As voters, Californians rejected Donald Trump. As consumers, they love him.
The Conference Board, which measures consumer confidence, reports that consumers in the Golden State are more confident that they have been since 2007, before the Great Recession.
The Orange County Register notes:
The Conference Board’s consumer confidence index for California rose in December to its highest level since October 2007.
This was the first month the continuous polling that tracks shoppers optimism in eight big states and across the nation had fully reflected Trump’s upset win in the November presidential election. Exit polling showed the economy’s future was a major decision-changing topic for presidential voters across the nation.
In California, where presidential votes went heavily in favor of Trump’s opponent, Hillary Clinton, confidence fell for two months in advance of the election, pushing the state’s optimism to a nine-month low in October. The index then rose in November and December in the largest two-month surge in nearly two years.
The Conference Board also reported a surge in consumer confidence nationwide:
The Conference Board Consumer Confidence Index®, which had increased considerably in November, posted another gain in December. The Index now stands at 113.7 (1985=100), up from 109.4 in November.
“Consumer Confidence improved further in December, due solely to increasing Expectations which hit a 13-year high (Dec. 2003, 107.4),” said Lynn Franco, Director of Economic Indicators at The Conference Board. “The post-election surge in optimism for the economy, jobs and income prospects, as well as for stock prices which reached a 13-year high, was most pronounced among older consumers. Consumers’ assessment of current conditions, which declined, still suggests that economic growth continued through the final months of 2016. Looking ahead to 2017, consumers’ continued optimism will depend on whether or not their expectations are realized.”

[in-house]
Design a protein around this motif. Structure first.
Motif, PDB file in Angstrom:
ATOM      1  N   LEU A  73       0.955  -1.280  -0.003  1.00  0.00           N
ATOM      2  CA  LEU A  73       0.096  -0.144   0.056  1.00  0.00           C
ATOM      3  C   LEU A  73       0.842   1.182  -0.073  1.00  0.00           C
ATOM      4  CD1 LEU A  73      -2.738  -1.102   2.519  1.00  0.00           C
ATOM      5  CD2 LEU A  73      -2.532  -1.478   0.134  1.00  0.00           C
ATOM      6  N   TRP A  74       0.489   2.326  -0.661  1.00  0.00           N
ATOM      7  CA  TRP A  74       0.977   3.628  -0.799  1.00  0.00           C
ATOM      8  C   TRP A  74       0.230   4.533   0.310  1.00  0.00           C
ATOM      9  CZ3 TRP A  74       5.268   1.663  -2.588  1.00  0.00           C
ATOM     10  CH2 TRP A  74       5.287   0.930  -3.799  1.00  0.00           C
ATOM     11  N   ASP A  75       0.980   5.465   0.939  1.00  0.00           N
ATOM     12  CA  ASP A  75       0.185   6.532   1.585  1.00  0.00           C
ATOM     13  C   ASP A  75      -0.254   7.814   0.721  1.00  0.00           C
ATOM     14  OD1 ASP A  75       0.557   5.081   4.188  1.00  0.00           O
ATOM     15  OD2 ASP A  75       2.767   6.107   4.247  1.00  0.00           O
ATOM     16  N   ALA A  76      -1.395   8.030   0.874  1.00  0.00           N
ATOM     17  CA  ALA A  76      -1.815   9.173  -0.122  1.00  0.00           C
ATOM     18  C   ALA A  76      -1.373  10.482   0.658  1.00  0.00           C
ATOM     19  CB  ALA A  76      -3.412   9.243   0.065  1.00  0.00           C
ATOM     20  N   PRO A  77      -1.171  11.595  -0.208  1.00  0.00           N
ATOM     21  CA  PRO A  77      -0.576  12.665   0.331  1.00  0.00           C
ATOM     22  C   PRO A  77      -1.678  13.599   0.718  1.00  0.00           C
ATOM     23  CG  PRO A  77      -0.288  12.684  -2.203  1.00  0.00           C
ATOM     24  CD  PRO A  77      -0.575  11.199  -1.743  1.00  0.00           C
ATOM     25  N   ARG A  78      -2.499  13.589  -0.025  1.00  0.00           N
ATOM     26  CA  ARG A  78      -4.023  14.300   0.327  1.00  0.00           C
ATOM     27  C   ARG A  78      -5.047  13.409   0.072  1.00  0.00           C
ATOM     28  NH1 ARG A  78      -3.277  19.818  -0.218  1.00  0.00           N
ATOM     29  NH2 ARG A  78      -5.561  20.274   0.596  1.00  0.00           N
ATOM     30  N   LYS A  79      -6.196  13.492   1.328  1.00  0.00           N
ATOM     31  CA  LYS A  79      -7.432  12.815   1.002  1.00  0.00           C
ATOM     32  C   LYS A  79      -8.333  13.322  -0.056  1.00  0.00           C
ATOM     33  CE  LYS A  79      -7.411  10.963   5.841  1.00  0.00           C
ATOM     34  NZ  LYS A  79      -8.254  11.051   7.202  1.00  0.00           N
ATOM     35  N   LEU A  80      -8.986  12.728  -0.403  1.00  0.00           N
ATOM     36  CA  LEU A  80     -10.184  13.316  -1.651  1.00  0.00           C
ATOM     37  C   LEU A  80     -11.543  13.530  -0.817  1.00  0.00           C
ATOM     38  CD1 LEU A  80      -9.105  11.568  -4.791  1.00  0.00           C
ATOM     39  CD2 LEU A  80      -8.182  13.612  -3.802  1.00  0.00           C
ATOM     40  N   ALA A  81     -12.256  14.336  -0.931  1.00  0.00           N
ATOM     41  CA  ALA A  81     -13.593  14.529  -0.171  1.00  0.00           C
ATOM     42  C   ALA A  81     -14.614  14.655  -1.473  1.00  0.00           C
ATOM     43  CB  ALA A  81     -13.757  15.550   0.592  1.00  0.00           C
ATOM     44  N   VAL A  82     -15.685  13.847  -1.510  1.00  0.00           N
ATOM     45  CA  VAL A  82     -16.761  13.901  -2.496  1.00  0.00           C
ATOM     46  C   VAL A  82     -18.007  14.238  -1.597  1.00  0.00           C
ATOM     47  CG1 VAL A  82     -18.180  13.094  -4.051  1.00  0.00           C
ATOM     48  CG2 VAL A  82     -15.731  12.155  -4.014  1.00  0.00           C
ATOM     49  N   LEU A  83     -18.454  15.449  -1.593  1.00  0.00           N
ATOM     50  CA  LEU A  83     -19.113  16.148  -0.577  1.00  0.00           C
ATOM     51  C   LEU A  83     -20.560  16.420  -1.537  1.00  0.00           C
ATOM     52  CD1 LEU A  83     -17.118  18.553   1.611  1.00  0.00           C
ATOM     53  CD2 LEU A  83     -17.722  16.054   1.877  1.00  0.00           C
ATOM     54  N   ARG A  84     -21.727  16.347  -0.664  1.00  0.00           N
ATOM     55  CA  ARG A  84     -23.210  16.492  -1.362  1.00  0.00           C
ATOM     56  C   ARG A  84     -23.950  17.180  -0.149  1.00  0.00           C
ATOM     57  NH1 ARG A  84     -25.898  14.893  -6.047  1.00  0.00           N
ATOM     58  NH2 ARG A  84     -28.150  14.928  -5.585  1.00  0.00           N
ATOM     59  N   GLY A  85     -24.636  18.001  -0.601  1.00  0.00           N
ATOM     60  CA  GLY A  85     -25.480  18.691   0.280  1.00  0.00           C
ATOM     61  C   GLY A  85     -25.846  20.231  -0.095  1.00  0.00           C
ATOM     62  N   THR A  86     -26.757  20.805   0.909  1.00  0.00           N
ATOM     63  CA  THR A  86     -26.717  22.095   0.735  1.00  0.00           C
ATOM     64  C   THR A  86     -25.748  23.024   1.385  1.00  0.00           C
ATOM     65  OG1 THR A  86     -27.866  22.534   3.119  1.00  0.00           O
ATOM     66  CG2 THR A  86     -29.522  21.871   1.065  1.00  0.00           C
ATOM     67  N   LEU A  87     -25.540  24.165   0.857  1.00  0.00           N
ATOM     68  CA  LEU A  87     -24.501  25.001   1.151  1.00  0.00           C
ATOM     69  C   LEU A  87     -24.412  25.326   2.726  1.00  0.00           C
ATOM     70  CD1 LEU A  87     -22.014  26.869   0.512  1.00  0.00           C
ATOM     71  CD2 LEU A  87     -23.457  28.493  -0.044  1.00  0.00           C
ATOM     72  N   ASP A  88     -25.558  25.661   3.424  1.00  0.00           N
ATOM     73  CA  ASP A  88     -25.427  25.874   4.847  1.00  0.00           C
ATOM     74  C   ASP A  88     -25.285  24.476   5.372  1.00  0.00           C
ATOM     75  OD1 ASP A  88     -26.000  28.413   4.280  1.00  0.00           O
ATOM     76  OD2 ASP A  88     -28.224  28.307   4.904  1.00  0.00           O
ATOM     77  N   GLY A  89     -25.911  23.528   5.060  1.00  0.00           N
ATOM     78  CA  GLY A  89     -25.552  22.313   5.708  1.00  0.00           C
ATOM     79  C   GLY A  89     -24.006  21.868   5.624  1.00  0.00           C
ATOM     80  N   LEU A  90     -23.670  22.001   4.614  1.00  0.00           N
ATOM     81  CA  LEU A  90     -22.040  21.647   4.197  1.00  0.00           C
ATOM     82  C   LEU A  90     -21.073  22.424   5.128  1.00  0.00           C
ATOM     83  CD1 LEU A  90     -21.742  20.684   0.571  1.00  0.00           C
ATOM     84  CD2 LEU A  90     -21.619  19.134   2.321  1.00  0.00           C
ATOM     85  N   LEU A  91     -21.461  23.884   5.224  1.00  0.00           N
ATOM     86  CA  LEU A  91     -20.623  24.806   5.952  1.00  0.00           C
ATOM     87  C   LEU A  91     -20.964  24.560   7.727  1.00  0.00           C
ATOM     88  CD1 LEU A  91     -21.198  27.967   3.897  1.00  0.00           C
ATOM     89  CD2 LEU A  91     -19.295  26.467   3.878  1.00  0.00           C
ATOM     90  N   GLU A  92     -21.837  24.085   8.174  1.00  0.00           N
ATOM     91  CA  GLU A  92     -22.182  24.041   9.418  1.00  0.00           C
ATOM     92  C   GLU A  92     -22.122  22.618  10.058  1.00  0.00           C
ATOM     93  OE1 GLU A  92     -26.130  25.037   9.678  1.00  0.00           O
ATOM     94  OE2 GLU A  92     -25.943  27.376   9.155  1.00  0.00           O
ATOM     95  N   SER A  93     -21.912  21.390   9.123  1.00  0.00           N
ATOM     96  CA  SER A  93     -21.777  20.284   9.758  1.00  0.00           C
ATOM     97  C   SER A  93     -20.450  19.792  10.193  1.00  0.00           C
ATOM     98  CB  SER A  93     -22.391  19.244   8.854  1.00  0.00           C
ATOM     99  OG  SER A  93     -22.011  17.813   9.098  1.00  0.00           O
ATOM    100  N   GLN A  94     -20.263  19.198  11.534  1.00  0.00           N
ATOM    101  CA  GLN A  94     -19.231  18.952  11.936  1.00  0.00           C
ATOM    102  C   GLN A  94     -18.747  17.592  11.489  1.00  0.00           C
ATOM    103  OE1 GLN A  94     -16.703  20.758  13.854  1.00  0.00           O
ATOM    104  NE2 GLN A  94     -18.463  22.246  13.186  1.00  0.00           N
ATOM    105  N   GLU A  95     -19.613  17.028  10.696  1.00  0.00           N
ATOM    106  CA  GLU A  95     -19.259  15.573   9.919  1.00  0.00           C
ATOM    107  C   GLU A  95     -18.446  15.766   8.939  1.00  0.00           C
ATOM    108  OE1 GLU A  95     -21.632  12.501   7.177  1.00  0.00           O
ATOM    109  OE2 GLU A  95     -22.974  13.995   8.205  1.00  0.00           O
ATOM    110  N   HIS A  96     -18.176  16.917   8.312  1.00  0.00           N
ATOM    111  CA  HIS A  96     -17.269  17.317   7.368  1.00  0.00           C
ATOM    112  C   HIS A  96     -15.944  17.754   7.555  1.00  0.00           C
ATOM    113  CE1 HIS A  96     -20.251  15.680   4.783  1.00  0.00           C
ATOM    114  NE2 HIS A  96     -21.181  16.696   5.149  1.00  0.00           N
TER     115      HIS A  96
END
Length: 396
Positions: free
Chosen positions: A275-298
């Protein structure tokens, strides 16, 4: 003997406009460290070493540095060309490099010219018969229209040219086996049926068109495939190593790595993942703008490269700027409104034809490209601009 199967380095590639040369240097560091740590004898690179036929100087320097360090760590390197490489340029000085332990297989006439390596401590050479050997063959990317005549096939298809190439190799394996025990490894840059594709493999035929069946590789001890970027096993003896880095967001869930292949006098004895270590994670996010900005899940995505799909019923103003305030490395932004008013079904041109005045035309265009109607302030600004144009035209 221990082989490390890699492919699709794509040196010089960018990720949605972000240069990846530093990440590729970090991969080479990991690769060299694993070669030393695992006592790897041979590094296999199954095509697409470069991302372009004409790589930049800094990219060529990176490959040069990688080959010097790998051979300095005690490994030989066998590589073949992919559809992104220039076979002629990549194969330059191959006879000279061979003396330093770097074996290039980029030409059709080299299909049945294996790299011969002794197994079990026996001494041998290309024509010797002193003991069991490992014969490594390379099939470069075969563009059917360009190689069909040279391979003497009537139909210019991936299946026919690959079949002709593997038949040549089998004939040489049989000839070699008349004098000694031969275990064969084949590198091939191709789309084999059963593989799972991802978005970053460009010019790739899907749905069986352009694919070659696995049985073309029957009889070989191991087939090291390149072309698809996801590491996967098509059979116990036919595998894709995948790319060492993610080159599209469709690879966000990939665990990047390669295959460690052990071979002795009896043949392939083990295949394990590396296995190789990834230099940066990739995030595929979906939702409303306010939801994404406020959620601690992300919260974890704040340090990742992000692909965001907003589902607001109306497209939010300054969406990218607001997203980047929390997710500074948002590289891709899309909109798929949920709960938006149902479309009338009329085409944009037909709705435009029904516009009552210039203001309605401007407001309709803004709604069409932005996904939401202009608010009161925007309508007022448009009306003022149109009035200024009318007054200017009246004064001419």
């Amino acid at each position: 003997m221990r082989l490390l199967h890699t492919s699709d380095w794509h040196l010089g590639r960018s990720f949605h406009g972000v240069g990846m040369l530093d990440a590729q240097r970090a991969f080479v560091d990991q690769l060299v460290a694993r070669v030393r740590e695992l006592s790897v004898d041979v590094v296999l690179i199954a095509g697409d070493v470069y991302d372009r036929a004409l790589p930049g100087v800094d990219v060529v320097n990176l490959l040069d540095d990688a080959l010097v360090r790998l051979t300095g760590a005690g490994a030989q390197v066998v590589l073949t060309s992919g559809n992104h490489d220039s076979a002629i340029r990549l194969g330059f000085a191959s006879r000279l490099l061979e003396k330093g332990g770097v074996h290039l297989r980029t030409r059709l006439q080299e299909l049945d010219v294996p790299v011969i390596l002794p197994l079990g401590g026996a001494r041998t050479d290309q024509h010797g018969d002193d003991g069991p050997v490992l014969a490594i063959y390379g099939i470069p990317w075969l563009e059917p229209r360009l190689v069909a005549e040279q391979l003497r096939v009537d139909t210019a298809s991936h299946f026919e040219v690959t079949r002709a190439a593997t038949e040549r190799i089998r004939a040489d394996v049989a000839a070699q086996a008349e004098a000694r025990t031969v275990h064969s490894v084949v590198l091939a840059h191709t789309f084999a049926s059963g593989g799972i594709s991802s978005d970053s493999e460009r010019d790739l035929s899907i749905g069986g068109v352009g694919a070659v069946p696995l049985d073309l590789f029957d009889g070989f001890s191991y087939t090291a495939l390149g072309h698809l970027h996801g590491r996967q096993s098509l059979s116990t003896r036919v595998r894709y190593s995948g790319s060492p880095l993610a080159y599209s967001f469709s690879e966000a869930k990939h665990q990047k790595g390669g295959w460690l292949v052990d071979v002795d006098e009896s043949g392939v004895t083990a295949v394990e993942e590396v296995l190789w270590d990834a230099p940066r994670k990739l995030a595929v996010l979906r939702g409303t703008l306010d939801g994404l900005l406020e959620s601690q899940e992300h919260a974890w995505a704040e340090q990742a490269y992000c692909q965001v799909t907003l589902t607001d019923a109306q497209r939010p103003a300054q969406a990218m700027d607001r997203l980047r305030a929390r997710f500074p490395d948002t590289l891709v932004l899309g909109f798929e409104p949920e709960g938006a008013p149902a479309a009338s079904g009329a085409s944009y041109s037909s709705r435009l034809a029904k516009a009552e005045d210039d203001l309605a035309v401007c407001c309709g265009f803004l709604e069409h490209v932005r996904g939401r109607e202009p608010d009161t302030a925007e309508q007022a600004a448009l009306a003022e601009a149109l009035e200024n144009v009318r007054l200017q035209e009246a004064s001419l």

It is unclear how much of the surge is directly due to Trump’s victory, as consumer confidence decreased in some states where Trump won, such as Pennsylvania and Michigan, though confidence levels in both states were still at historically high levels, the Register reports.
In addition, there may be independent reasons for Californians to feel confident. Rains, for example, may have encouraged Californians to believe the state’s five-year drought is ending.
Still, the state seems to be experiencing a “Trump bump,” along with the rest of the nation, as consumers anticipate an end to the onslaught of federal regulation and a more favorable climate for entrepreneurship, economic growth and job creation.
Joel B. Pollak is Senior Editor-at-Large at Breitbart News. He was named one of the “most influential” people in news media in 2016. His new book, See No Evil: 19 Hard Truths the Left Can’t Handle, is available from Regnery through Amazon. Follow him on Twitter at @joelpollak.